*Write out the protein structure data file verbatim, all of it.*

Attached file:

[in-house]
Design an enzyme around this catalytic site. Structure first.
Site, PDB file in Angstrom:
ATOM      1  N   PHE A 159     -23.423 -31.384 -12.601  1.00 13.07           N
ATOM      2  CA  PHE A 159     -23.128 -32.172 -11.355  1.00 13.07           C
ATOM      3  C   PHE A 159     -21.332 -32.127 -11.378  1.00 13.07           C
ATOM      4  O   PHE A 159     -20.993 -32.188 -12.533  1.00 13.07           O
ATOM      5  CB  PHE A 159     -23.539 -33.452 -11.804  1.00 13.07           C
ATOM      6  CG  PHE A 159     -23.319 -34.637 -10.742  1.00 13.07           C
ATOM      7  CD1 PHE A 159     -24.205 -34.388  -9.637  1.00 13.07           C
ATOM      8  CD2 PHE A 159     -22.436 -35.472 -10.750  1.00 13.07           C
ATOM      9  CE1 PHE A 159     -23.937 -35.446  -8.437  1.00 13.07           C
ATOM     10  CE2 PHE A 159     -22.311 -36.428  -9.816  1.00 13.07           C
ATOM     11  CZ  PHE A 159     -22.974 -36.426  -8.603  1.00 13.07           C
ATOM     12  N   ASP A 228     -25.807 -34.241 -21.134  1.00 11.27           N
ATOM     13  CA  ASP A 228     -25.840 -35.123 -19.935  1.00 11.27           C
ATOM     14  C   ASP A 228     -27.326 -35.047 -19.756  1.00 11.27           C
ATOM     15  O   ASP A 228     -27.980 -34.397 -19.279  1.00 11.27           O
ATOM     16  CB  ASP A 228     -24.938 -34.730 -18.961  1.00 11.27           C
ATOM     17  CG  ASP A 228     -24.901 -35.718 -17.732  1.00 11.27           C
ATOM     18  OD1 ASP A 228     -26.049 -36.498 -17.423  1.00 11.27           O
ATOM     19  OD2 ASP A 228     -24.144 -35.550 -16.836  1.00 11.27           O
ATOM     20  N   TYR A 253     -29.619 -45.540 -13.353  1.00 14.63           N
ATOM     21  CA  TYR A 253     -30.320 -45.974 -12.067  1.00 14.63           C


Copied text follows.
[in-house]
Design an enzyme around this catalytic site. Structure first.
Site, PDB file in Angstrom:
ATOM      1  N   PHE A 159     -23.423 -31.384 -12.601  1.00 13.07           N
ATOM      2  CA  PHE A 159     -23.128 -32.172 -11.355  1.00 13.07           C
ATOM      3  C   PHE A 159     -21.332 -32.127 -11.378  1.00 13.07           C
ATOM      4  O   PHE A 159     -20.993 -32.188 -12.533  1.00 13.07           O
ATOM      5  CB  PHE A 159     -23.539 -33.452 -11.804  1.00 13.07           C
ATOM      6  CG  PHE A 159     -23.319 -34.637 -10.742  1.00 13.07           C
ATOM      7  CD1 PHE A 159     -24.205 -34.388  -9.637  1.00 13.07           C
ATOM      8  CD2 PHE A 159     -22.436 -35.472 -10.750  1.00 13.07           C
ATOM      9  CE1 PHE A 159     -23.937 -35.446  -8.437  1.00 13.07           C
ATOM     10  CE2 PHE A 159     -22.311 -36.428  -9.816  1.00 13.07           C
ATOM     11  CZ  PHE A 159     -22.974 -36.426  -8.603  1.00 13.07           C
ATOM     12  N   ASP A 228     -25.807 -34.241 -21.134  1.00 11.27           N
ATOM     13  CA  ASP A 228     -25.840 -35.123 -19.935  1.00 11.27           C
ATOM     14  C   ASP A 228     -27.326 -35.047 -19.756  1.00 11.27           C
ATOM     15  O   ASP A 228     -27.980 -34.397 -19.279  1.00 11.27           O
ATOM     16  CB  ASP A 228     -24.938 -34.730 -18.961  1.00 11.27           C
ATOM     17  CG  ASP A 228     -24.901 -35.718 -17.732  1.00 11.27           C
ATOM     18  OD1 ASP A 228     -26.049 -36.498 -17.423  1.00 11.27           O
ATOM     19  OD2 ASP A 228     -24.144 -35.550 -16.836  1.00 11.27           O
ATOM     20  N   TYR A 253     -29.619 -45.540 -13.353  1.00 14.63           N
ATOM     21  CA  TYR A 253     -30.320 -45.974 -12.067  1.00 14.63           C